JAY: It seemed to lack a recognition of the seriousness of the crisis.
THOMMA: I think it’s a recognition, but I don’t think he wanted to go into the election admitting the obvious, which is it’s going to change his entire priority list.
JAY: It’s going to change everything.
THOMMA: I mean, even Bill Clinton, going in in ’92, by the time he became president, had to change his list. If you remember, his Treasury secretary went in and said, "You know what? You can’t do the stimulus. You can’t do all this other stuff. You’ve got to satisfy the bond market first by cutting the deficit." And he had to shift his whole budget priorities in the first couple of months, which paid dividends later on.
JAY: But if Obama—.
THOMMA: And Obama’s going to do the same thing.
JAY: Well, if he goes down that road, the disillusionment amongst his young people, amongst his base is going to be so profound. I mean, he does have a choice. I mean, you know, there are economists, including, you know, middle-of-the-road economists, that are talking about money should go directly to people that are losing their houses, directly into the economy, where people can spend it, and you don’t need to bail out Wall Street. So, I mean, there is two very different roads he could go down, but if he goes down the road you’re suggesting, his base and followers are going to be aghast.
THOMMA: I think it’s inevitable he’s going to have conflicts with his political base if his base is the left wing of the Democratic Party, the antiwar wing of the party, the pro-working class part of the party that wants more government programs, expansion of health care. But he also wants to satisfy the bond markets, the Chinese creditors who hold all our bonds, and he wants to do all that. If he wants to stick to the PAYGO rules, which require him to pay for every new tax cut or spending proposal, which he says he’ll stick to. He’s going to have a hard time satisfying both sides.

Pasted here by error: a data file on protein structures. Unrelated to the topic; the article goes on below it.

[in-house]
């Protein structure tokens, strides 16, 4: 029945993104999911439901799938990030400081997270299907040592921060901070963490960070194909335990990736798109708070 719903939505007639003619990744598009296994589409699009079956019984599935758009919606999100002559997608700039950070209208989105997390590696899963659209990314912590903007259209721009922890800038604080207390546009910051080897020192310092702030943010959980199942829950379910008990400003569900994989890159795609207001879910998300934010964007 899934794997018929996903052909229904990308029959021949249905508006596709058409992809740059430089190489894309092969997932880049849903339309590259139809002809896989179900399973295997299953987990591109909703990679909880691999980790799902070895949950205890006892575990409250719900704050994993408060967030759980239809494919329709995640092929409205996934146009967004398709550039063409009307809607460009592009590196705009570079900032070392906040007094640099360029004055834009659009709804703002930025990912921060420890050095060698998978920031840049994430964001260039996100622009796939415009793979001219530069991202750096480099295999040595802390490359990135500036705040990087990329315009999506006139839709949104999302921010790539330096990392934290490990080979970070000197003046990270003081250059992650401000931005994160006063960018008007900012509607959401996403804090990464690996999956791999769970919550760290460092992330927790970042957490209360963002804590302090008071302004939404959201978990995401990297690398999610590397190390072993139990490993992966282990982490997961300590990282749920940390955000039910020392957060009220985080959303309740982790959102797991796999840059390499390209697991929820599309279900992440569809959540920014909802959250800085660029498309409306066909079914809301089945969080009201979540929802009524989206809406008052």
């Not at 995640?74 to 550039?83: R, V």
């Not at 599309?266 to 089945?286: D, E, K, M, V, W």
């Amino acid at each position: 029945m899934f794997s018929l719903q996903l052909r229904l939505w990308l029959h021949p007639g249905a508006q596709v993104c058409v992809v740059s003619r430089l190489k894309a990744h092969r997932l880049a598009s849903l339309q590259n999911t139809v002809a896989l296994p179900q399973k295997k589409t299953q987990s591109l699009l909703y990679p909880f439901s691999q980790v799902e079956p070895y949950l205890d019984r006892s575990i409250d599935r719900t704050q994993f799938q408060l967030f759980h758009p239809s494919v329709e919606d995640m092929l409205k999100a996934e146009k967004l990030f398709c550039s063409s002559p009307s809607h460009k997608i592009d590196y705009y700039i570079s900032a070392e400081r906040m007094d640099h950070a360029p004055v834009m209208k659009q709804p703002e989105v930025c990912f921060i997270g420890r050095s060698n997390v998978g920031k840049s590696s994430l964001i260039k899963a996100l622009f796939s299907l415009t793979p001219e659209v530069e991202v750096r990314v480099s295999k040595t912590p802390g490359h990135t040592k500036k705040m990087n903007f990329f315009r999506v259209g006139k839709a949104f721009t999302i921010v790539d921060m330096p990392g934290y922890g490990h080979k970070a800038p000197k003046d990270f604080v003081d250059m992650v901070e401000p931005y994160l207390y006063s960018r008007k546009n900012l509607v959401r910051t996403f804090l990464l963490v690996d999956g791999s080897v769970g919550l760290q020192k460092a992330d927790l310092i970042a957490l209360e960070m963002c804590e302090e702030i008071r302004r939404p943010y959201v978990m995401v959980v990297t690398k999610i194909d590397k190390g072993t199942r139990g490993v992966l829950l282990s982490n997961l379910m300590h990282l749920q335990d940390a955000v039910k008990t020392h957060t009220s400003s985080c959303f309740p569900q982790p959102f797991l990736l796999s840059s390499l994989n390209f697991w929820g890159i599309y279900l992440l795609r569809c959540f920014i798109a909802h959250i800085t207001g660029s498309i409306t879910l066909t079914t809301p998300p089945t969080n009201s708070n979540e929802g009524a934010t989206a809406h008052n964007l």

JAY: There’s going to be a litmus test coming up relatively soon, the Employee Free Choice Act, a piece of legislation that allows, if it’s passed, for a lot more unionization. He said he supports it. The American Chamber of Commerce is spending $30 million to elect Republican senators to defeat it, but a lot of Democrats are probably not for it either. So there are several issues that are going to create real wars within his own party.
THOMMA: Yeah, he says he’s for it, but the fate is in the Senate. It passed the House last time; it didn’t pass the Senate. It’s a kind of thing that he can let the Senate deal with. I mean, he doesn’t have to take a leadership role on that. He’s got a plateful of bigger stuff.
JAY: Well, we’re going to take a quick break. And do you have time to come back for another five, six minutes?
THOMMA: I do.
JAY: Okay. We’re going to take a quick break and come back for a second segment. We’ll be right back with Steven—.
THOMMA: Yeah. That’s the way my dad pronounced it. My wife doesn’t.
JAY: We’ll be back in a few minutes with Steven Thomma of McClatchy Newspapers.